• How to Be a Friend to a Friend Who’s Sick Posted in: Guides to Aging Well

    Author, activist and cancer survivor Letty Cottin Pogrebin writes a sympathetic and insightful how-to book for people who are lost when it comes to helping a friend who is sick. Pogrebin uses anecdotes from her own recovery plus the experiences of those she polled in doctors’ offices while awaiting treatment. You’ll find simple ideas that can make you a better visitor, listener and friend, like letting the patient take the lead on how much information to share, and knowing how long to stay. She also includes thoughtful ways to support caregivers and those who are grieving. Learning what not to say can be an eye opener. This is a comfort manual that may change how you treat a friend on the mend.

  • Learning to Be Old: Gender, Culture, and Aging Posted in: Guides to Aging Well, Insights from Bold Thinkers

    In this feminist take on aging, Margaret Cruikshank maintains that our later years are shaped largely by our culture, and not for the better. She challenges stereotypes of old age and suggests that if women—and men—want to age comfortably, they must reject the common assumption that to be old is to be decrepit. The book argues against over-medicating elders and rebuts “alarmist” notions that, as their numbers grow, older people will be a drain on the economy and a threat to younger generations. Cruikshank also explores the process of aging as women of color experience it. She interweaves advice for readers throughout these larger societal issues. Cruikshank is a lecturer in women’s studies and a faculty associate of the Center on Aging at the University of Maine.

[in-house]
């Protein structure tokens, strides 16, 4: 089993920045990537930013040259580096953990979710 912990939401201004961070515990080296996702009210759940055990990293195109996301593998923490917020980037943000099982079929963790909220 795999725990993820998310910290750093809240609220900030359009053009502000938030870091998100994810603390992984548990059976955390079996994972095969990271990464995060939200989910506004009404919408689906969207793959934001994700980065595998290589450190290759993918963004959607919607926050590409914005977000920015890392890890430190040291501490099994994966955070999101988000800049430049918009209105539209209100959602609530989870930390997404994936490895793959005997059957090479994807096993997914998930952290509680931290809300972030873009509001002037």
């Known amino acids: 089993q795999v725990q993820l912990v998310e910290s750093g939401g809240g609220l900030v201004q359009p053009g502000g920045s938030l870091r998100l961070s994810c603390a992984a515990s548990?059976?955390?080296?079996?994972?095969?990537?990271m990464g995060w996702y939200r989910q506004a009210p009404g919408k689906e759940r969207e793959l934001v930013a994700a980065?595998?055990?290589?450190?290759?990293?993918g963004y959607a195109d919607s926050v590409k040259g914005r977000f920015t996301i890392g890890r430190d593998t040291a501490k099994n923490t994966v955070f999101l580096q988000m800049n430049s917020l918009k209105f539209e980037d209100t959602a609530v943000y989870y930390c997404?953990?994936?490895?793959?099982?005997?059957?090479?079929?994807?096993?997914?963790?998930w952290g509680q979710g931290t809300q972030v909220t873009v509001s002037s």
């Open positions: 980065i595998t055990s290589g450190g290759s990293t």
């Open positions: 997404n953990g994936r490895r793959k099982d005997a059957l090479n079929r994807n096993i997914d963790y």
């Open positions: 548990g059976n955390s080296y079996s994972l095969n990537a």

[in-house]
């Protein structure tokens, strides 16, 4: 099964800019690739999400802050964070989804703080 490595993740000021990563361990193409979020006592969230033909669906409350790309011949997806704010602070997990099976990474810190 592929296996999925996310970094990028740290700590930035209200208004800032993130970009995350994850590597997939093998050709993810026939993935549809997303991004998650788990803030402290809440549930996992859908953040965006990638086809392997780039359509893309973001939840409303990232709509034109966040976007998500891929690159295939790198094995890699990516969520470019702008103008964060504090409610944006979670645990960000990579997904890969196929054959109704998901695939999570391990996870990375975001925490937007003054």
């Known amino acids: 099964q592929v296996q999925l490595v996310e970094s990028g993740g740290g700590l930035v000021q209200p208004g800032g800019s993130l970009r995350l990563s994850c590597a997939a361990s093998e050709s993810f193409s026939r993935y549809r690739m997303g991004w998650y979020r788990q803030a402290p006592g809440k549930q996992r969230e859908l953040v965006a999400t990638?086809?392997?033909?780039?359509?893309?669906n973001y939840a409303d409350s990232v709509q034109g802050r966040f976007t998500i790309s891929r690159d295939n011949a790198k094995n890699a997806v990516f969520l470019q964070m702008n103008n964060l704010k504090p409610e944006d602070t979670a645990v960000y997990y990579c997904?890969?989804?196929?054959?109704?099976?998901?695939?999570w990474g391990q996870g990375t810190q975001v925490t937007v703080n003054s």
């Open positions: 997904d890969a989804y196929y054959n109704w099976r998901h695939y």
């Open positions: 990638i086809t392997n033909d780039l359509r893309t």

• 365 Thank Yous: The Year a Simple Act of Daily Gratitude Changed My Life Posted in: Guides to Aging Well

    Can two simple words change a person? At age 53, attorney John Kralik is in despair. His family life is in turmoil, his career and finances in ruin. Yet it is a simple thank you note that sparks him to think about the things in life for which he might be grateful. Kralik decides to set aside a little time each day to consider the people who have made a difference in his life and to send them a heartfelt, handwritten thank you. He writes to virtually everyone he can think of—friends current and former, professional acquaintances, shop clerks, doctors. The results are immediate and far reaching. His outlook on life changes. He becomes solvent, repairs relationships, even loses weight. Sentimental but never preachy, this story of midlife revelation and redemption is inspiring to anyone who may be stuck in what has been lost or taken from them. 365 Thank Yous is a quick, easy read that surely will send you looking for a pen and stamps.